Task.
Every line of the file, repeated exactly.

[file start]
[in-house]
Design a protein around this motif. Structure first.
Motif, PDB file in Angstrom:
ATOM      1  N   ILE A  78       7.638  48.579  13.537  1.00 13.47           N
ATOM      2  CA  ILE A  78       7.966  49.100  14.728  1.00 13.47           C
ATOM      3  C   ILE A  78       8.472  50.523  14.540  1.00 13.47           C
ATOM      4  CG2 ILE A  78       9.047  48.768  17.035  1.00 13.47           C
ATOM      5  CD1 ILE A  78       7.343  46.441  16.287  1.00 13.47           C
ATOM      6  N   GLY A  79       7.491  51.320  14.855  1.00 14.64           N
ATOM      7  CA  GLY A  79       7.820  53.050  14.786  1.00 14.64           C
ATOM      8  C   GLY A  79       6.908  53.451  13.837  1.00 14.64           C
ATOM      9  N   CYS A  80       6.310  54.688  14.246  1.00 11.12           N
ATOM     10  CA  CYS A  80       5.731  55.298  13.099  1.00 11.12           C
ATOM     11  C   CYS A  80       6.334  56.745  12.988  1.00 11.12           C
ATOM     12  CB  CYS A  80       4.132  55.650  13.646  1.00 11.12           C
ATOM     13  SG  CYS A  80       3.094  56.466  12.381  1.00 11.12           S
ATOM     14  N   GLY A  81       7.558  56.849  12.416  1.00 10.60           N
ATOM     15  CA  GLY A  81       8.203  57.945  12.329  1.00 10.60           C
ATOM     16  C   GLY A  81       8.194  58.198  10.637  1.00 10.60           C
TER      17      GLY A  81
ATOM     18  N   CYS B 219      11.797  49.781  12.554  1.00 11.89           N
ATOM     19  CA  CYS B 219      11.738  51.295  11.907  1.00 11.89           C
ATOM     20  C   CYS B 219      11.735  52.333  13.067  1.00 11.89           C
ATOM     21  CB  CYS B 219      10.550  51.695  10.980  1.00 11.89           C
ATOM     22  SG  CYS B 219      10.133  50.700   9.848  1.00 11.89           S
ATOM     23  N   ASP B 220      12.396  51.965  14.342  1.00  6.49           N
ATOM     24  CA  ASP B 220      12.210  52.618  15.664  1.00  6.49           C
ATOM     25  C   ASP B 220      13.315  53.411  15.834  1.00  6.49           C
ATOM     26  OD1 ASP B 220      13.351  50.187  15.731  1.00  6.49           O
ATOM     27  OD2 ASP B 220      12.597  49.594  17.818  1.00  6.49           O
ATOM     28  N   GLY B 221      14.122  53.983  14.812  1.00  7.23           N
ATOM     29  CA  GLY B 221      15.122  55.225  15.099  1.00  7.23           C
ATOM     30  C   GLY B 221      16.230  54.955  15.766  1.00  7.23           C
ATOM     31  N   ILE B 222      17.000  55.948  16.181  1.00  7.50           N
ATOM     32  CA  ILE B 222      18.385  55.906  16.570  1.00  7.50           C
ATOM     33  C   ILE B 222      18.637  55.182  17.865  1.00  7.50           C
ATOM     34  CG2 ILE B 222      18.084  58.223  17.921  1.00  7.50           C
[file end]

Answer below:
[in-house]
Design a protein around this motif. Structure first.
Motif, PDB file in Angstrom:
ATOM      1  N   ILE A  78       7.638  48.579  13.537  1.00 13.47           N
ATOM      2  CA  ILE A  78       7.966  49.100  14.728  1.00 13.47           C
ATOM      3  C   ILE A  78       8.472  50.523  14.540  1.00 13.47           C
ATOM      4  CG2 ILE A  78       9.047  48.768  17.035  1.00 13.47           C
ATOM      5  CD1 ILE A  78       7.343  46.441  16.287  1.00 13.47           C
ATOM      6  N   GLY A  79       7.491  51.320  14.855  1.00 14.64           N
ATOM      7  CA  GLY A  79       7.820  53.050  14.786  1.00 14.64           C
ATOM      8  C   GLY A  79       6.908  53.451  13.837  1.00 14.64           C
ATOM      9  N   CYS A  80       6.310  54.688  14.246  1.00 11.12           N
ATOM     10  CA  CYS A  80       5.731  55.298  13.099  1.00 11.12           C
ATOM     11  C   CYS A  80       6.334  56.745  12.988  1.00 11.12           C
ATOM     12  CB  CYS A  80       4.132  55.650  13.646  1.00 11.12           C
ATOM     13  SG  CYS A  80       3.094  56.466  12.381  1.00 11.12           S
ATOM     14  N   GLY A  81       7.558  56.849  12.416  1.00 10.60           N
ATOM     15  CA  GLY A  81       8.203  57.945  12.329  1.00 10.60           C
ATOM     16  C   GLY A  81       8.194  58.198  10.637  1.00 10.60           C
TER      17      GLY A  81
ATOM     18  N   CYS B 219      11.797  49.781  12.554  1.00 11.89           N
ATOM     19  CA  CYS B 219      11.738  51.295  11.907  1.00 11.89           C
ATOM     20  C   CYS B 219      11.735  52.333  13.067  1.00 11.89           C
ATOM     21  CB  CYS B 219      10.550  51.695  10.980  1.00 11.89           C
ATOM     22  SG  CYS B 219      10.133  50.700   9.848  1.00 11.89           S
ATOM     23  N   ASP B 220      12.396  51.965  14.342  1.00  6.49           N
ATOM     24  CA  ASP B 220      12.210  52.618  15.664  1.00  6.49           C
ATOM     25  C   ASP B 220      13.315  53.411  15.834  1.00  6.49           C
ATOM     26  OD1 ASP B 220      13.351  50.187  15.731  1.00  6.49           O
ATOM     27  OD2 ASP B 220      12.597  49.594  17.818  1.00  6.49           O
ATOM     28  N   GLY B 221      14.122  53.983  14.812  1.00  7.23           N
ATOM     29  CA  GLY B 221      15.122  55.225  15.099  1.00  7.23           C
ATOM     30  C   GLY B 221      16.230  54.955  15.766  1.00  7.23           C
ATOM     31  N   ILE B 222      17.000  55.948  16.181  1.00  7.50           N
ATOM     32  CA  ILE B 222      18.385  55.906  16.570  1.00  7.50           C
ATOM     33  C   ILE B 222      18.637  55.182  17.865  1.00  7.50           C
ATOM     34  CG2 ILE B 222      18.084  58.223  17.921  1.00  7.50           C